Of all the fantastical false claims of fraud and vote manipulation in the 2020 presidential election, “Italygate” was one of the most extreme. And Rep. Scott Perry (R-Pa.) was at the heart of bringing it to Donald Trump’s attention.
But as the House committee investigating the Jan. 6, 2021, attack on the Capitol demonstrated Thursday, Italygate also made its way to the highest levels of the U.S. government. The committee showed Dec. 31, 2020, text messages between Perry and White House Chief of Staff Mark Meadows that included a YouTube video about it, with Perry asking: “Why can’t we just work with the Italian government?”
Meadows discussed the claim “frequently,” according to Rep. Adam Kinzinger (R-Ill.), who led the questioning during the committee hearing on Thursday, which focused on Trump’s efforts to pressure the Justice Department to help overturn the 2020 presidential election results. Perry also pressed acting attorney general Jeffrey Rosen to investigate. “I told him this whole thing about Italy had been debunked,” Rosen said during Thursday’s hearing. Another former Justice official who testified Thursday, Richard Donoghue, said the theory was “pure insanity” and “patently absurd.”
That wasn’t Perry’s only involvement in encouraging Trump to get the vote overturned. The committee obtained records from the National Archives showing that Perry was among the Republican members of Congress who met with the president in the Oval Office on Dec. 21, 2020. That day, Meadows tweeted that the meeting’s purpose was “preparing to fight back against mounting evidence of voter fraud. Stay tuned.”
Other members of Congress who sought pardons, according to that testimony: Reps. Matt Gaetz of Florida, Mo Brooks of Alabama, Andy Biggs of Arizona and Louie Gohmert of Texas. In an email to the White House displayed Thursday, Brooks asked on his and Gaetz’s behalf that Trump “give general (all purpose) pardons” to every member of Congress who on Jan. 6, 2021, voted to reject electoral college submissions from Arizona or Pennsylvania. More than 145 Republican lawmakers voted to object to one or both submissions. Those mentioned by name during the hearing were contacted for comment.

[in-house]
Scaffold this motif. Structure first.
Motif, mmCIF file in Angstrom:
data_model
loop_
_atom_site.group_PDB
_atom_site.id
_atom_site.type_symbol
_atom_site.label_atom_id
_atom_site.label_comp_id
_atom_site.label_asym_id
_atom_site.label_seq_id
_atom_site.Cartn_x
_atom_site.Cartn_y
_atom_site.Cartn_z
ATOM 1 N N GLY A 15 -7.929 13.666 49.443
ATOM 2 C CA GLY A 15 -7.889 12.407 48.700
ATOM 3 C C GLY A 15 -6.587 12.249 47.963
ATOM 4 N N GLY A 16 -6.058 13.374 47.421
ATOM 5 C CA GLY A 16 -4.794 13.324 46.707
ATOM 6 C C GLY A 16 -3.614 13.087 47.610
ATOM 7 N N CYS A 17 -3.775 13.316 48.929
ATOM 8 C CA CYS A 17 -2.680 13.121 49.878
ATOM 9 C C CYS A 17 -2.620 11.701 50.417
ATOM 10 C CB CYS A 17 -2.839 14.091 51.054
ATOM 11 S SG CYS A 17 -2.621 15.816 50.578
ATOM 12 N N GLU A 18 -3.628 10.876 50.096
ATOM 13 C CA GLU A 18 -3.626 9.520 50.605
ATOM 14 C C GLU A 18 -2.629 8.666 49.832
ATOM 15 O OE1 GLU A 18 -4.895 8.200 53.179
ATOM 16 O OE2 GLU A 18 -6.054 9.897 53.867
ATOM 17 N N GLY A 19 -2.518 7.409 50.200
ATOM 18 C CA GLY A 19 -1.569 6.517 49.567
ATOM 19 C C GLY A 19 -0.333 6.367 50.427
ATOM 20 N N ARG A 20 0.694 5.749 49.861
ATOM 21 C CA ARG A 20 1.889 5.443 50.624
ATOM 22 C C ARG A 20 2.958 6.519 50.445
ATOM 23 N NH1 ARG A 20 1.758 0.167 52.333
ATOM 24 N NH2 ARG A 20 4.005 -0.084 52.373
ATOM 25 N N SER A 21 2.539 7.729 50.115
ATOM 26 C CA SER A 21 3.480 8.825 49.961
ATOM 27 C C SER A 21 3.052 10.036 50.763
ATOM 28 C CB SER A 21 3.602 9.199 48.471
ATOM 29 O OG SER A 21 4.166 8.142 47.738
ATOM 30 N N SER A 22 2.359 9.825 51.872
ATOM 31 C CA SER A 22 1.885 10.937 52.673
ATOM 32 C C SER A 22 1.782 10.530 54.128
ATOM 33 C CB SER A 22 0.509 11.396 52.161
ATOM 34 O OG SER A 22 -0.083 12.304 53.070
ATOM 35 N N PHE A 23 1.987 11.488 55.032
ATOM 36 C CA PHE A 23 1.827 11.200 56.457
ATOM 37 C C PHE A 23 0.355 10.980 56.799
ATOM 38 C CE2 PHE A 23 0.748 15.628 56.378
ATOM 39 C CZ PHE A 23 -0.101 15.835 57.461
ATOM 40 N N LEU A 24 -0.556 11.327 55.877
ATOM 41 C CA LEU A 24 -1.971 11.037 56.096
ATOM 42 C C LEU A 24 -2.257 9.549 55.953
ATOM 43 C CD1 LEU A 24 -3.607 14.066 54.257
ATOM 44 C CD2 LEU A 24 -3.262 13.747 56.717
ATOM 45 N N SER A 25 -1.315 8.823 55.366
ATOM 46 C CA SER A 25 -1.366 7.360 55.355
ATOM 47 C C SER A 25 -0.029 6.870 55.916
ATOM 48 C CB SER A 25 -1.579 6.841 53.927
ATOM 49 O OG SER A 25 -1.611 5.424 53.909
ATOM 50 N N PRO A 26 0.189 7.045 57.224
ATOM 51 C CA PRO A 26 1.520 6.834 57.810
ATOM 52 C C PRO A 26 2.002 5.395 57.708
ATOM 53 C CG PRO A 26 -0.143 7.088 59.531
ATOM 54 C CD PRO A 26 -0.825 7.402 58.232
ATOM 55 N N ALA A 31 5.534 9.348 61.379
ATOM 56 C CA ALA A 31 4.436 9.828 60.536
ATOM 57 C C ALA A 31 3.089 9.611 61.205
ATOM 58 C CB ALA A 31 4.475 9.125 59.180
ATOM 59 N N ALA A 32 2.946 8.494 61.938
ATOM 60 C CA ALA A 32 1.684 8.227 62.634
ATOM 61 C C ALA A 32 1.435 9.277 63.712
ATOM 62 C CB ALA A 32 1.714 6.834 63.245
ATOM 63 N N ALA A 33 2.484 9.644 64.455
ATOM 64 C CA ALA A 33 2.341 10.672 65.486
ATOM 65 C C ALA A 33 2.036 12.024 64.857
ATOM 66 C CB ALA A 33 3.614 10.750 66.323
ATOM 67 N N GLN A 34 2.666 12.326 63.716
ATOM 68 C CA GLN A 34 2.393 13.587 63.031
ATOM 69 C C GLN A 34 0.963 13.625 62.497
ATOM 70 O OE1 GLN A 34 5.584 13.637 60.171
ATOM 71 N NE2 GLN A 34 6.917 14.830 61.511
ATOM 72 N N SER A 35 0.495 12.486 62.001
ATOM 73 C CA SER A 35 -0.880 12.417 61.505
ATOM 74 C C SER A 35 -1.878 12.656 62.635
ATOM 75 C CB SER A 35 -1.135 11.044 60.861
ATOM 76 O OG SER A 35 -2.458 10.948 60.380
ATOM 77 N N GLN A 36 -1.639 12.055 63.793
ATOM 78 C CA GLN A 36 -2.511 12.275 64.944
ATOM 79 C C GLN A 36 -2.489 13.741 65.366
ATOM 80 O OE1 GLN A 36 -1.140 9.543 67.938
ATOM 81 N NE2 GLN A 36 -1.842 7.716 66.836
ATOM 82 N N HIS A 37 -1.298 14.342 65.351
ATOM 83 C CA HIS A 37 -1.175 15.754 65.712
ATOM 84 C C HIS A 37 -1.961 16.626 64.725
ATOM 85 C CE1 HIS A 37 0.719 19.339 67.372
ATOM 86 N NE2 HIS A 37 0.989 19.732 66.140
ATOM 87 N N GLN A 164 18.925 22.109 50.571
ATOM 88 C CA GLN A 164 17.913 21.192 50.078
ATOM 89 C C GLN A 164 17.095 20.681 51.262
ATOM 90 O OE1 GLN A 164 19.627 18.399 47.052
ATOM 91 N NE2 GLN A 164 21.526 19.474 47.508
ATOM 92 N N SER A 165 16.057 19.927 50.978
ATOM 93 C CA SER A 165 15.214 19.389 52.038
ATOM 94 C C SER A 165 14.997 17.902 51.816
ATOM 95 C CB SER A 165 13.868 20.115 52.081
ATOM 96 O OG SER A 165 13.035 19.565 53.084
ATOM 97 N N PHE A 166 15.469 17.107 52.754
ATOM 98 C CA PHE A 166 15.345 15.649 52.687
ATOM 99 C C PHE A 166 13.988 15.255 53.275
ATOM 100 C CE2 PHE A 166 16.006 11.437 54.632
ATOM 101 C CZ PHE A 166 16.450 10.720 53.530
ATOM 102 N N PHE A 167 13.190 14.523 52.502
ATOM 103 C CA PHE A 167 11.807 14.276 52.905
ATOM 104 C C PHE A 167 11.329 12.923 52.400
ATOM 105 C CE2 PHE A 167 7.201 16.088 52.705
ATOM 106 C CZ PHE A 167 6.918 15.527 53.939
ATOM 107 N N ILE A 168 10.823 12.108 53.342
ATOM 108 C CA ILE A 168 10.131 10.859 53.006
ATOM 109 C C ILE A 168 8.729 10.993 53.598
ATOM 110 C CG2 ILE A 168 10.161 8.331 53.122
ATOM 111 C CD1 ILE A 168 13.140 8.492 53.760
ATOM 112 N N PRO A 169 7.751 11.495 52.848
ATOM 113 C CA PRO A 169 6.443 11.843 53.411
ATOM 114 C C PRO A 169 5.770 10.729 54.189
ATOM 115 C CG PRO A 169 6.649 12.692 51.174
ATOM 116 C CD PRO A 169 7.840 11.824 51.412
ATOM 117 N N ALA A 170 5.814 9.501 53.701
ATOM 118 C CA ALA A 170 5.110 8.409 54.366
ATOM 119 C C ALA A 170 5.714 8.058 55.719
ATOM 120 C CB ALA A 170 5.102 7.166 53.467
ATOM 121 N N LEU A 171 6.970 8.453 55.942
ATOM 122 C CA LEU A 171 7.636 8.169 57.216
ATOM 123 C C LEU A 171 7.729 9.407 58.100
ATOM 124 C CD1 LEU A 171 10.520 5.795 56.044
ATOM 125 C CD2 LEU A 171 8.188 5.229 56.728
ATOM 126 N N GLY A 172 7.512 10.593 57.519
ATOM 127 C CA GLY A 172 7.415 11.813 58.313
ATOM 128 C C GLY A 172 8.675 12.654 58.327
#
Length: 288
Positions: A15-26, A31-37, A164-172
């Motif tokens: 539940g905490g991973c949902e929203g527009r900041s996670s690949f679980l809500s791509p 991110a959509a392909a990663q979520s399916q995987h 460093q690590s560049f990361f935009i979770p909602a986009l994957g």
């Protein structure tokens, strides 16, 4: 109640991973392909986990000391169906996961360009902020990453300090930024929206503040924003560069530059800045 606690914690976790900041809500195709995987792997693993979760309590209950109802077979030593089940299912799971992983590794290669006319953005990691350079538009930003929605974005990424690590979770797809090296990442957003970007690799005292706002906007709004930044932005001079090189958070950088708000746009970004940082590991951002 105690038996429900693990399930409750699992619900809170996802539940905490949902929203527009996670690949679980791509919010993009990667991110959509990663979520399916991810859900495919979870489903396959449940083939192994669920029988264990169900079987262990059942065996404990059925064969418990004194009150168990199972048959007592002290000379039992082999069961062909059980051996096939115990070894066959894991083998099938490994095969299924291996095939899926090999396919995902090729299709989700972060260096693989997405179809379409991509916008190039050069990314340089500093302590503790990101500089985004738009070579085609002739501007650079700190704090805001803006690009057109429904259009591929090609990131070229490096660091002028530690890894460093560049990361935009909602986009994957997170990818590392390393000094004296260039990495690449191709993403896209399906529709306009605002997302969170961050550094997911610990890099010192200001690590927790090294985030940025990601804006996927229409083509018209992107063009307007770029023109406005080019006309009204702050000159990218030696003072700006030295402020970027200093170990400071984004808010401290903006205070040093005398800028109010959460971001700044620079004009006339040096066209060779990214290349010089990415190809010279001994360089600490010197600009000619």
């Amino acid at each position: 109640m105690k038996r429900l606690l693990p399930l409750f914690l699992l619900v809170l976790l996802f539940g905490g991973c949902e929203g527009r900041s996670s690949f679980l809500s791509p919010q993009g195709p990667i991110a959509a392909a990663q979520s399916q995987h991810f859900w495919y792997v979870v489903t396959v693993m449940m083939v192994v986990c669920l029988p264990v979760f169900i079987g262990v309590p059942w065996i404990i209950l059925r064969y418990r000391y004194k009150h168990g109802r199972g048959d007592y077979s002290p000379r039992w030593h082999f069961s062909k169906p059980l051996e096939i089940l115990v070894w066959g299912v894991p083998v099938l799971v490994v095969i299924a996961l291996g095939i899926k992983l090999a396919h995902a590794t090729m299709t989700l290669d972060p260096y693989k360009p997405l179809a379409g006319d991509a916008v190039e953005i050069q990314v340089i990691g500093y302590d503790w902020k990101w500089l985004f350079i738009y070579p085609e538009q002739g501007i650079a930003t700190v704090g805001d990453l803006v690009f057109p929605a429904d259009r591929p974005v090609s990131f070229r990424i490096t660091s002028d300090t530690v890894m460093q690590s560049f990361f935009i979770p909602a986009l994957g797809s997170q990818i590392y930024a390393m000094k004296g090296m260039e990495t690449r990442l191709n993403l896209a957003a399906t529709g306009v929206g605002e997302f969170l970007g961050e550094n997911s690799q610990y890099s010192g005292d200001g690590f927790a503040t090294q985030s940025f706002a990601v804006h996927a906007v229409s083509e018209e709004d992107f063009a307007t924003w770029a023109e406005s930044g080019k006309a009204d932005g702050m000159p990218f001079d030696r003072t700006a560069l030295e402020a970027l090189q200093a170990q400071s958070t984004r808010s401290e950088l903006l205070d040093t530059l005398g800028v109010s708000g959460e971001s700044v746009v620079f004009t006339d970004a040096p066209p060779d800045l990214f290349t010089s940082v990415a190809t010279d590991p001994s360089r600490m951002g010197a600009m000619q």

“At no time did I speak with Miss Hutchinson, a White House scheduler, nor any White House staff about a pardon for myself or any other Member of Congress — this never happened,” Perry said in a statement.
Hutchinson told the committee that Rep. Jim Jordan (R-Ohio) talked about pardons but never specifically asked for one. She also said that she heard from Patrick Philbin, a lawyer in the White House Counsel’s Office, that Rep. Marjorie Taylor Greene (R-Ga.) had contacted the office and asked for a pardon but that she had not spoken to the Georgia congresswoman directly.
Those involved with the insurrection have repeatedly pointed to Perry as the chief conduit for the House GOP Conference to the White House in Trump’s quest to overturn his defeat. Perry has so far stonewalled the committee, defying a subpoena requesting his cooperation in the investigation.
Rep. Liz Cheney (R-Wyo.), at the committee’s first hearing this month, stated that Perry was among those who had sought a pardon, but Thursday was the first glimpse of testimony from former White House officials corroborating that claim.